Robotics Industry News
North American Robot Orders Jump 17% in First Quarter of 2004
Robotic Industries Association Posted 05/04/2004
Fastest Start Since 1999
Ann Arbor, MI – North American based robotics manufacturers saw robot orders jump 17% in the first quarter of 2004 over the opening quarter of 2003, the best new order rate to start the year since the record-setting year of 1999.
A total of 4,101 robots valued at $226.5 million were ordered by North American manufacturing companies in the opening quarter. The revenue figure is three percent higher than in the first quarter of 2003. When sales to companies outside North America are added in, the totals are 4,372 robots valued at $245.8 million, for gains of 20% in units and six percent in revenue.
Among the applications posting the strongest gains in the first quarter were arc welding, material handling, and spot welding. Significant growth came from non-automotive customers in industries such as food & consumer goods, semiconductors & electronics, and plastics & rubber.
‘‘We’re very encouraged by the strong start to 2004,’‘ said Donald A. Vincent, Executive Vice President of Robotic Industries Association (RIA), the industry trade group that collects and reports industry statistics on a quarterly basis. Statistics are provided by RIA member companies and represent an estimated 90% of the North American robotics market.
‘‘The first quarter results provide further evidence that economic conditions are improving and that investment in capital equipment is on the rise again,’‘ Vincent said. ‘‘The robotics industry suffered when capital equipment spending dried up, and now we’re benefiting from the upturn. However, the strength of the economic recovery remains uncertain, so we’re not sure if the healthy gains of the first quarter will be repeated throughout the year.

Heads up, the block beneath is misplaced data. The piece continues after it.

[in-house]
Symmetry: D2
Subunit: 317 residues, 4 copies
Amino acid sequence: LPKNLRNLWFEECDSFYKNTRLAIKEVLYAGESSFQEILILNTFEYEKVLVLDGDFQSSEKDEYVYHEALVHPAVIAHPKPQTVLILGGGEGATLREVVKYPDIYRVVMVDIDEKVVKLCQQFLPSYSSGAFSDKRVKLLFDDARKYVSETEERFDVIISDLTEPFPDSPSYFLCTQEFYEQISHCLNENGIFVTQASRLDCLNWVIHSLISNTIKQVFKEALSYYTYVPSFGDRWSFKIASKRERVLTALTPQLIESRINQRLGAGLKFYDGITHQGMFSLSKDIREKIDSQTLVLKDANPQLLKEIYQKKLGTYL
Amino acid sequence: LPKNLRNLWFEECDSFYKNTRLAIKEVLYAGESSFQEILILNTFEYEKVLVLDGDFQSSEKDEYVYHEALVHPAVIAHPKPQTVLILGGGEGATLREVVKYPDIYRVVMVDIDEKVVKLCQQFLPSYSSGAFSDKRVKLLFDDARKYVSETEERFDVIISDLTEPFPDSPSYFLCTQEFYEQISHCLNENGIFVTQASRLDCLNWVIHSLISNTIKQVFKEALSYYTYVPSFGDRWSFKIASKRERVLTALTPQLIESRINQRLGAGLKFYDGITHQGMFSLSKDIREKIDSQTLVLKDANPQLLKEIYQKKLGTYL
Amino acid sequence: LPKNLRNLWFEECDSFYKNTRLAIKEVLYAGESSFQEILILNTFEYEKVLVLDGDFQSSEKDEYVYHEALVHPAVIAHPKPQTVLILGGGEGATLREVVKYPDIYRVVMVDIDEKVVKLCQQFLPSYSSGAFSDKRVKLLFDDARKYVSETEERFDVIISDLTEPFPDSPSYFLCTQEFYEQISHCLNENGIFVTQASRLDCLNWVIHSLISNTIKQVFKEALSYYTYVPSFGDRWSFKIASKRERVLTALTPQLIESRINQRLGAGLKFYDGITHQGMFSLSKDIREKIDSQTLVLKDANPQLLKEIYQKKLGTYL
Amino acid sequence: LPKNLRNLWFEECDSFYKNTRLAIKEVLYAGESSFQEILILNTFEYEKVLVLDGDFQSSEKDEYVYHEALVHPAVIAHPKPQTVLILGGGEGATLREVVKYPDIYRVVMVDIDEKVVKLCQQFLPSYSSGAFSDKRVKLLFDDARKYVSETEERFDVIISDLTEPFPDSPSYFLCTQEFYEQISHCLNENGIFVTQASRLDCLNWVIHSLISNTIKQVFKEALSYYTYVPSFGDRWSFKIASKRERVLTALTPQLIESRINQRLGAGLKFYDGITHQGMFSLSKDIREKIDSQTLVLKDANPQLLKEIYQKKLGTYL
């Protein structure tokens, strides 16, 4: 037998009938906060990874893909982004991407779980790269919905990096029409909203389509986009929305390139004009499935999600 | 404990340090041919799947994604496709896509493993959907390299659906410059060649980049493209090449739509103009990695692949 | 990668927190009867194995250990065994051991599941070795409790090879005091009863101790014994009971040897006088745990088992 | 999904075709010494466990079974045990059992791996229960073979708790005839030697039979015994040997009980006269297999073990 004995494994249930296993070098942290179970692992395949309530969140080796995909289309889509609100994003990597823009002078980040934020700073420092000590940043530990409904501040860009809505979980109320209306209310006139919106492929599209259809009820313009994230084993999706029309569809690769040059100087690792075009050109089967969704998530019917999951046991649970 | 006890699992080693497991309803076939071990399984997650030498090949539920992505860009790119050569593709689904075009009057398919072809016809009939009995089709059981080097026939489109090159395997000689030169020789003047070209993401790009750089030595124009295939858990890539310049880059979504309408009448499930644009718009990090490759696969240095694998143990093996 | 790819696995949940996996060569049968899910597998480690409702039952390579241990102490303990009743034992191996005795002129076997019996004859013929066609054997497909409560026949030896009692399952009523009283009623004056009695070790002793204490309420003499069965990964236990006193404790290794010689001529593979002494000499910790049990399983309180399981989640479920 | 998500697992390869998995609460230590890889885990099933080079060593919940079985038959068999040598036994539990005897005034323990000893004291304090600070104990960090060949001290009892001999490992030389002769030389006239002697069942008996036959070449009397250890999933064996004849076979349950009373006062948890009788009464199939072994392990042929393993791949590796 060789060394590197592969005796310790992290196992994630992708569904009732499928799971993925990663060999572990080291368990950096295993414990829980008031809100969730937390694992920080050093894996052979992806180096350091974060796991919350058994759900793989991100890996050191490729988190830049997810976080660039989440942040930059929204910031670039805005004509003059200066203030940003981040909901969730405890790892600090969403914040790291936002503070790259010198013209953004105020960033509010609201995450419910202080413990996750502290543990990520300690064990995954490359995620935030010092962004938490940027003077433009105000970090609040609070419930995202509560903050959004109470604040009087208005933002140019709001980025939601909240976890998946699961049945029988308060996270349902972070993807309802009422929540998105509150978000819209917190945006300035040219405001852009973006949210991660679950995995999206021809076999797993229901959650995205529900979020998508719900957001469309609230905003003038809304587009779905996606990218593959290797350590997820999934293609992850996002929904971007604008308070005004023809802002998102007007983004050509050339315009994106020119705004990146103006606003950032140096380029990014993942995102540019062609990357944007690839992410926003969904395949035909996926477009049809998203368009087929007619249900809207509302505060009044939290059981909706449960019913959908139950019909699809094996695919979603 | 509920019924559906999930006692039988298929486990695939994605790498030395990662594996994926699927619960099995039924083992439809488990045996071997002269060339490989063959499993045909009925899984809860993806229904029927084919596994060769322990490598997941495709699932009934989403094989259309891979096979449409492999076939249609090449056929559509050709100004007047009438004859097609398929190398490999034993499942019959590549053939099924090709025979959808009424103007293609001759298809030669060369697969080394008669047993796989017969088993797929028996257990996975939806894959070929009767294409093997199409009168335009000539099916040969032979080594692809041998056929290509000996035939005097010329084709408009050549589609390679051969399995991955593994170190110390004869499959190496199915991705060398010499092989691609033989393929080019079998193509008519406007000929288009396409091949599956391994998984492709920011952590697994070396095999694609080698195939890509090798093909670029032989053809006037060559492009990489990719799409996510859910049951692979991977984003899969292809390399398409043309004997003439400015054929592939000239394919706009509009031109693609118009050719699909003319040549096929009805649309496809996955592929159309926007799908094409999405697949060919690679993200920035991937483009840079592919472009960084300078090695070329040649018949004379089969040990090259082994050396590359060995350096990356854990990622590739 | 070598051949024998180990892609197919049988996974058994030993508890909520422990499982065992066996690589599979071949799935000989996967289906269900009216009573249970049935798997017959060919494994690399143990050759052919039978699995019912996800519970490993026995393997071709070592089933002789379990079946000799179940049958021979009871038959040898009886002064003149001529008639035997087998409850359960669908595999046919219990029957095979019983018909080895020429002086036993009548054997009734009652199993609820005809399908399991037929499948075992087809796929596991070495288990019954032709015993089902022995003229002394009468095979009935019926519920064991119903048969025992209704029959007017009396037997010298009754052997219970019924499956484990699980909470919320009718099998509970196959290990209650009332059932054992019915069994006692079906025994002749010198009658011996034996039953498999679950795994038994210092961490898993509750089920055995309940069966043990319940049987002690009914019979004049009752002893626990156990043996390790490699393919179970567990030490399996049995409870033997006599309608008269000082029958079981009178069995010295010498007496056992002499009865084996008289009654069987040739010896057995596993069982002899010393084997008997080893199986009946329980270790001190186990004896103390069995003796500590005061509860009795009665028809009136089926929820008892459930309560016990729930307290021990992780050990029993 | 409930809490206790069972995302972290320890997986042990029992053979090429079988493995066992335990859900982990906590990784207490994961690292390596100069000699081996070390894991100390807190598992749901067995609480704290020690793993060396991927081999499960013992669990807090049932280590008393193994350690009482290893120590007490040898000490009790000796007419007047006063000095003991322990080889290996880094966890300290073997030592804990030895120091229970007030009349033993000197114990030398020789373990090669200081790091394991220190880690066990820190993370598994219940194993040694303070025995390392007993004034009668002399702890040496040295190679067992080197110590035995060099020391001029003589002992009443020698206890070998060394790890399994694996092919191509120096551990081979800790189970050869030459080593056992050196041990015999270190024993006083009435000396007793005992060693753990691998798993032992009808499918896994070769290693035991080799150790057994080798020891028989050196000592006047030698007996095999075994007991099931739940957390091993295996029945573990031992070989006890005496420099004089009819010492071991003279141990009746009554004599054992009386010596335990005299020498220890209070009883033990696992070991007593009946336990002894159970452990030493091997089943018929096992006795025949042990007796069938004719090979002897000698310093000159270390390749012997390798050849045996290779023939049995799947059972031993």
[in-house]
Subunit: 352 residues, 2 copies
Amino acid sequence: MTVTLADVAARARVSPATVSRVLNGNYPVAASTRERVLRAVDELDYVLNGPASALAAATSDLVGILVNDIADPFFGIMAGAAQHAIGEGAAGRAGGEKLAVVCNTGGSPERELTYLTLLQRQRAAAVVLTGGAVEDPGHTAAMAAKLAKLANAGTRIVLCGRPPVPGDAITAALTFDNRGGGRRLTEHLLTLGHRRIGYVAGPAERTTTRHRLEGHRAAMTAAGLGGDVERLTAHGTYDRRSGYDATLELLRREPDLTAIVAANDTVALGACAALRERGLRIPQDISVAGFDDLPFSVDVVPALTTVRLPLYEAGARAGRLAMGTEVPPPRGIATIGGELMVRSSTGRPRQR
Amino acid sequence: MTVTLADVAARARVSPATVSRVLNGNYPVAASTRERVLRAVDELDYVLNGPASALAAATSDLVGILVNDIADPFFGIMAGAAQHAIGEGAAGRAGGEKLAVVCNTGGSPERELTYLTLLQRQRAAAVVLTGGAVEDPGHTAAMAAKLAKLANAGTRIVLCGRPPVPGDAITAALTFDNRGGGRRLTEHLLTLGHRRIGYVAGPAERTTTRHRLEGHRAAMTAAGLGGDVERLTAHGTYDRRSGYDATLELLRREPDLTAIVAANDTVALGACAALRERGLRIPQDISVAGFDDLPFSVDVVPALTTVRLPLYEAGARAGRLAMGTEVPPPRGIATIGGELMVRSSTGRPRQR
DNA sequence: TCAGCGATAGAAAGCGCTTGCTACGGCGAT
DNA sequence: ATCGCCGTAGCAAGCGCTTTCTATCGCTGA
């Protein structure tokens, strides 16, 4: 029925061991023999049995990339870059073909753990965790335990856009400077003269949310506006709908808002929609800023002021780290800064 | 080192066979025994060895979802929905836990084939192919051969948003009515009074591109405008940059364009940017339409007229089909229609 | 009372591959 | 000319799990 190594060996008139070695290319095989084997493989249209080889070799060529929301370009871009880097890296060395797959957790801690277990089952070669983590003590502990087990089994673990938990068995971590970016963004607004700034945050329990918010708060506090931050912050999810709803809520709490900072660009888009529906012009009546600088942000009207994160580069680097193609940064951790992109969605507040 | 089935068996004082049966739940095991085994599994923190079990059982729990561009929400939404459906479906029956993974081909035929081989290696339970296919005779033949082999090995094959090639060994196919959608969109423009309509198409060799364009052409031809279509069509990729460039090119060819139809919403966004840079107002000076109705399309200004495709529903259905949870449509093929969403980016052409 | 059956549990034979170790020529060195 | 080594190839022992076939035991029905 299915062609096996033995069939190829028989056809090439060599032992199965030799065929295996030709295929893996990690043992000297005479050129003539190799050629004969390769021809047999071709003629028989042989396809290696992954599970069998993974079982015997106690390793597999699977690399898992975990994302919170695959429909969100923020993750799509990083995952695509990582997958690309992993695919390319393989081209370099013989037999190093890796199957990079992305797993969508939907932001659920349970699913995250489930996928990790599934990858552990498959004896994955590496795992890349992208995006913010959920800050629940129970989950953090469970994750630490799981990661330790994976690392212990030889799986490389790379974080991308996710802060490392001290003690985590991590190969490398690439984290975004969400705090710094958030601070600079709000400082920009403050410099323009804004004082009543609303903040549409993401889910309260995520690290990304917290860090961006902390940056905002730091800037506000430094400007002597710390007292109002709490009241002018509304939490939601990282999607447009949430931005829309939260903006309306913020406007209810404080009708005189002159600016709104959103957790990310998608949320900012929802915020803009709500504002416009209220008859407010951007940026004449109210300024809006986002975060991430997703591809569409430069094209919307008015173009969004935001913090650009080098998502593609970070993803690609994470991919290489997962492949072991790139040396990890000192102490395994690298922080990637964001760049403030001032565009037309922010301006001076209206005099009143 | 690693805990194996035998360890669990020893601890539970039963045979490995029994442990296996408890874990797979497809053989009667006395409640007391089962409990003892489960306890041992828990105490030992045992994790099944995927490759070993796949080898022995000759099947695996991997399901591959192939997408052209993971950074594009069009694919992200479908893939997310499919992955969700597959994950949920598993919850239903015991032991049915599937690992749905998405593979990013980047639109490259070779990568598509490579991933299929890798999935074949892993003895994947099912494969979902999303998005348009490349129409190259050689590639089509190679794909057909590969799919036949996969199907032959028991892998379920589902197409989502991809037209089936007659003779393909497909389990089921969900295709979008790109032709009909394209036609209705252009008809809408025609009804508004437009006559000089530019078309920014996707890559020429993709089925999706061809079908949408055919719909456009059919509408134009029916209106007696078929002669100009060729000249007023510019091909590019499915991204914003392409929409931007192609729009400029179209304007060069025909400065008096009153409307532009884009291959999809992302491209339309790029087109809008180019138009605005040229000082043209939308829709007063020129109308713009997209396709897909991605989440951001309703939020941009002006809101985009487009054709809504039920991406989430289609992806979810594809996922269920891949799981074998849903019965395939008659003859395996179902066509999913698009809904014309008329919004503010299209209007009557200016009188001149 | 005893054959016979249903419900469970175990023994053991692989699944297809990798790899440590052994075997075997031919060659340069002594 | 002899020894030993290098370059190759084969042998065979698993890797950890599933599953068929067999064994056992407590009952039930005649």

‘‘Manufacturing companies today are fighting hard to remain competitive. Some are choosing to outsource jobs to lower cost nations like China. Others are investing in robotic automation for North American manufacturing to produce higher quality products faster and more cost effectively. We believe that when more companies take a hard look at the advantages of technologies like robotics in comparison to the risks of outsourcing, they will conclude that investing in automation is the better course,’‘ asserted Vincent.
To help convince small, medium and large companies in every industry that robots make strategic sense, RIA is sponsoring the ‘‘Robots 2004’‘ conference on June 9 & 10 in Ypsilanti (suburban Detroit), Michigan. The conference focuses on issues such as cost justification strategies, case histories of companies that have successfully applied robots, and how to incorporate robots in a lean manufacturing environment.
Tabletop exhibits from leading suppliers of robots and related products will be on display at Robots 2004. It’s the largest industrial robotics event in North America this year, according to RIA officials.
RIA estimates that some 137,000 robots are now at work in U.S. factories, placing the United States second to Japan in robot use.
Founded in 1974 and now celebrating its 30th anniversary year, RIA represents some 220 robot manufacturers, component suppliers, system integrators, end users, universities, research groups, and consulting firms.
For more information about RIA, the upcoming Robots 2004 conference and the robotics industry, visit www.robotics.org or call RIA Headquarters at 734/994-6088.